Kunzmann, Andreas, Arifin, Zainal and Baum, Gunilla (2018) Pollution of coastal areas of Jakarta Bay: Water Quality and Biological Responses. Marine Research in Indonesia, 43 (1). p. 37. DOI https://doi.org/10.14203/mri.v43i1.299.

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Abstract

Coastal development, growing urbanization and industrialization are the most important stressors of coral reefs worldwide. Jakarta is one of the largest megacities worldwide. The coral reefs of the Thousand Islands north of Jakarta have degraded dramatically over the last 30-40 years. While large-scale gradients (i.e., regional drivers) have been extensively studied and shown shifts and declines in coral cover and composition, local drivers and their impact on spatial community composition have been neglected. The aim of our study is to investigate the spatial impact of anthropogenic stressors on local and regional scales on coral reefs north of Jakarta. Our results demonstrate that reefs in the north of the Thousand Islands are separated from the reefs in Jakarta Bay (JB), where a direct impact of Jakarta can be seen. Local anthropogenic effects rather than regional gradients have shaped a spatial patchwork of differentially degraded reefs along the nearshore islands. The main anthropogenic stressor is pollution and sedimentation rate, NO2, PO4 and chlorophyll-a explain over 80% of the variation. Surfactants and diesel-borne compounds from sewage and bilge water discharges are common pollutants. Responses to combinations of selected pollutant with elevated temperature (+3°C) were determined in the metabolic performance of the coral reef fish Siganus guttatus. During combined exposure, metabolic depression was observed. Effects of pollutants were not amplified by elevated temperature. In a study about two dominant soft coral genera, Sarcophyton spp. and Nephthea spp., on dissolved inorganic nutrients (DIN), turbidity (NTU), and sedimentation combined with measurements of photosynthetic yield and respiratory electron system (ETS) activity water quality seems to control the relative abundance and physiology of dominant soft corals in JB. In order to reverse or prevent phase shifts from hard to soft corals, there is a need to manage the water quality better. It is concluded that the intense anthropogenic pressure from local as well as regional sources is responsible for the spatial structure and health of reefs. Therefore, improved spatial management with a focus on both local and regional stressors is needed for effective marine conservation.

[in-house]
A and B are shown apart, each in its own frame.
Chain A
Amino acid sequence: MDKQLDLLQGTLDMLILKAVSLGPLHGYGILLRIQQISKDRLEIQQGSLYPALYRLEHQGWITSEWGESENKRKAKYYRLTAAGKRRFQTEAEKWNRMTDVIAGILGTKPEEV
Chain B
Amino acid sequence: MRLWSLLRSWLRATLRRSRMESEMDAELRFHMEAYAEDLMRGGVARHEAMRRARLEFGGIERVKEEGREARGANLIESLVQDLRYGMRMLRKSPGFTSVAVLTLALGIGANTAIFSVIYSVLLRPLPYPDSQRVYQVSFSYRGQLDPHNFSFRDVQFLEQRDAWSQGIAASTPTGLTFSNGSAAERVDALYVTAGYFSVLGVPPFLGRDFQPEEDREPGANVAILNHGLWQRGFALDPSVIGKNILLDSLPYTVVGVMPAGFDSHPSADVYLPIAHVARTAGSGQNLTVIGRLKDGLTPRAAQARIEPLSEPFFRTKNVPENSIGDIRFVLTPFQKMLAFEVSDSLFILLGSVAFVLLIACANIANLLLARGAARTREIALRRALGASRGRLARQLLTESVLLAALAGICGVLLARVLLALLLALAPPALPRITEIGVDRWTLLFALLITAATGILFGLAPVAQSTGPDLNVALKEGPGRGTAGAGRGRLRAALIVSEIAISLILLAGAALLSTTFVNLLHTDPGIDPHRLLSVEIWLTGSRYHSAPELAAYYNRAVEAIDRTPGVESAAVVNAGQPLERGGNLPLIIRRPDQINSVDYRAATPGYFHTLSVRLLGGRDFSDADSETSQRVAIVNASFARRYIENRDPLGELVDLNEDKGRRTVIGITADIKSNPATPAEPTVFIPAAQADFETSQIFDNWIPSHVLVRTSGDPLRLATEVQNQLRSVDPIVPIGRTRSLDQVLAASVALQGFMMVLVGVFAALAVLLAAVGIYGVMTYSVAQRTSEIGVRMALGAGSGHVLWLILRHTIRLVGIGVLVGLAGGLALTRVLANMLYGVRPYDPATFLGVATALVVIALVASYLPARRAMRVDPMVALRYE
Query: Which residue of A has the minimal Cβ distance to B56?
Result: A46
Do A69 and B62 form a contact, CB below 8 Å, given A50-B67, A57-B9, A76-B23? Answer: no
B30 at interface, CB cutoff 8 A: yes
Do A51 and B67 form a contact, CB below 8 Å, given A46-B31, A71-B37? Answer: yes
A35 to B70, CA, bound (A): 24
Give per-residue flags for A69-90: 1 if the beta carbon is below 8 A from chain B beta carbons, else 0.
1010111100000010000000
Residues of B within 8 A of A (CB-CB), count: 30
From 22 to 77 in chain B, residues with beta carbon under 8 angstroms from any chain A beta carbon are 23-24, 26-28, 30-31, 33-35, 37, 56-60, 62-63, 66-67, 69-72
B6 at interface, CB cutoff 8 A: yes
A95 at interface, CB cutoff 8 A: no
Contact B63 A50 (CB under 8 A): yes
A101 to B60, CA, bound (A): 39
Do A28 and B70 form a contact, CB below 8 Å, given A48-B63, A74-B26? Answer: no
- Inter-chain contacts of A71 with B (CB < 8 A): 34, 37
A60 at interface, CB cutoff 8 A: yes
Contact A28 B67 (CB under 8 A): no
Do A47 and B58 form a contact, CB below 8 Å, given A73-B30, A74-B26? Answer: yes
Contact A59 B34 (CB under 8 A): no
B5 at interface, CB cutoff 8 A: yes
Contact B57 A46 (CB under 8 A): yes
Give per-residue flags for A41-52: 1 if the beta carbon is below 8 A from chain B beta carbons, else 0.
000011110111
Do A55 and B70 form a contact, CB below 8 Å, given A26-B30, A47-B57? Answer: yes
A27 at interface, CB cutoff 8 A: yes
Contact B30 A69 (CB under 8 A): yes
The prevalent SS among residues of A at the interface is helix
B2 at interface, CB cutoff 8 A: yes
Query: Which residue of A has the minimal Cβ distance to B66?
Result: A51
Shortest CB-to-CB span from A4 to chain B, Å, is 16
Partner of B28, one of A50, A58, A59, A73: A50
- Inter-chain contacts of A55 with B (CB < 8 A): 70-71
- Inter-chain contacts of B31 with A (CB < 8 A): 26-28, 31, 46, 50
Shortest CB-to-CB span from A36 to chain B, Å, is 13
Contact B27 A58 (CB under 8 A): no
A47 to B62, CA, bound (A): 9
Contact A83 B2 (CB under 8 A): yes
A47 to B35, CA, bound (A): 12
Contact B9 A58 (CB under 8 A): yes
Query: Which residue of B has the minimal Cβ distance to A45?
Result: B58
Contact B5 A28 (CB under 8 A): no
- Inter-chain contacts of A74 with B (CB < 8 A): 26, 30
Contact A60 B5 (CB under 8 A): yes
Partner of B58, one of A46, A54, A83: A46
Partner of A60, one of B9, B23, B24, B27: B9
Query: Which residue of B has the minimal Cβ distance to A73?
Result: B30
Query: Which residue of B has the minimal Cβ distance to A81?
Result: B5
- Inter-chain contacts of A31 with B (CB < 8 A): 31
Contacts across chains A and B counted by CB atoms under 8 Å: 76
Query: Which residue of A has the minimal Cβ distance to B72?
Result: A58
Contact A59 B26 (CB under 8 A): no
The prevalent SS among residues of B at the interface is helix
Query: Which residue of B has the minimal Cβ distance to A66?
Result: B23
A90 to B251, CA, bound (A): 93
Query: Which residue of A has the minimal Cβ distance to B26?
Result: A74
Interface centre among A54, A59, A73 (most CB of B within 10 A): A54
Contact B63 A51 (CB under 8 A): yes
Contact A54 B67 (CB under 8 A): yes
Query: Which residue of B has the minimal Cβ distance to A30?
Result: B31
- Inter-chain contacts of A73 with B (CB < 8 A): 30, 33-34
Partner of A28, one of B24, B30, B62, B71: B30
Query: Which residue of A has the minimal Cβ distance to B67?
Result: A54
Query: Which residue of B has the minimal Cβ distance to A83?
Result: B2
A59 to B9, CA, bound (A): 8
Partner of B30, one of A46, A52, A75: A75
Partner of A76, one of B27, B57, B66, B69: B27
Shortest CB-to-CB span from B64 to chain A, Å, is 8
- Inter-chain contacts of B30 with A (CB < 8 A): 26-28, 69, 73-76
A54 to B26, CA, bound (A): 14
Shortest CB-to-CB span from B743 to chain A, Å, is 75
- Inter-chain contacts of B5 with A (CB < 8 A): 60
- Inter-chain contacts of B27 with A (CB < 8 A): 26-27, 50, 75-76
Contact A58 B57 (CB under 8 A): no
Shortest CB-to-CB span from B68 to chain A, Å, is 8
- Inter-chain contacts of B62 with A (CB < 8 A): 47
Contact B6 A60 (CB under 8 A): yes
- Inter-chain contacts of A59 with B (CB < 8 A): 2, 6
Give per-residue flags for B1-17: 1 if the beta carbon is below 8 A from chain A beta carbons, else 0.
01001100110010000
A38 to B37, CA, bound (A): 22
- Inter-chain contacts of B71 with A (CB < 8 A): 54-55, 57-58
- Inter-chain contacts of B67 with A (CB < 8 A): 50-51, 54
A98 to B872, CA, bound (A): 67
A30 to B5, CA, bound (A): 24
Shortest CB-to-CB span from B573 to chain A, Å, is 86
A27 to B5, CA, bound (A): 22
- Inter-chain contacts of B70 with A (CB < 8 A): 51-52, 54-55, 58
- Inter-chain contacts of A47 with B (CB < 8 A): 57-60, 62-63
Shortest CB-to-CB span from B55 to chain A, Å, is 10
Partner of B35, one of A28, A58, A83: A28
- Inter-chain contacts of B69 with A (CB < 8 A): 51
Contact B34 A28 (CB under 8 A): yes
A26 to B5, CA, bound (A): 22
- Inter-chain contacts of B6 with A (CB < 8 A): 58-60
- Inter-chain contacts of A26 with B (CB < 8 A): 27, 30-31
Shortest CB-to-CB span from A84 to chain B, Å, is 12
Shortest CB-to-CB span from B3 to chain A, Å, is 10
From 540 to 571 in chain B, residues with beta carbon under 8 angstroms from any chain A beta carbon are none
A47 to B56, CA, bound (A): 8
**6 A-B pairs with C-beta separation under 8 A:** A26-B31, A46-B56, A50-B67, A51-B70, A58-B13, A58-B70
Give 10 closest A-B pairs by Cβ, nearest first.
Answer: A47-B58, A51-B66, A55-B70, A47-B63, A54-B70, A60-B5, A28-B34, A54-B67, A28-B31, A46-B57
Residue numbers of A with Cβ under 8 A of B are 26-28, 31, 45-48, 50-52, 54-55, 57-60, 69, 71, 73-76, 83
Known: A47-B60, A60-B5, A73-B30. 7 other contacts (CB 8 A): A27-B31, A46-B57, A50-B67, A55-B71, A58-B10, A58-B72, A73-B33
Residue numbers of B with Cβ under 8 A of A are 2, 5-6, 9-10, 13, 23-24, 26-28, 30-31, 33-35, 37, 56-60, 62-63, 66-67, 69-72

Document Type: Article
Research affiliation: Affiliations > Not ZMT
Ecology > Experimental Aquaculture
Refereed: Yes
Open Access Journal?: Yes
DOI etc.: https://doi.org/10.14203/mri.v43i1.299
ISSN: 0216-2873
Date Deposited: 05 Jun 2019 10:42
Last Modified: 01 Oct 2020 12:58
URI: http://cris.leibniz-zmt.de/id/eprint/1999

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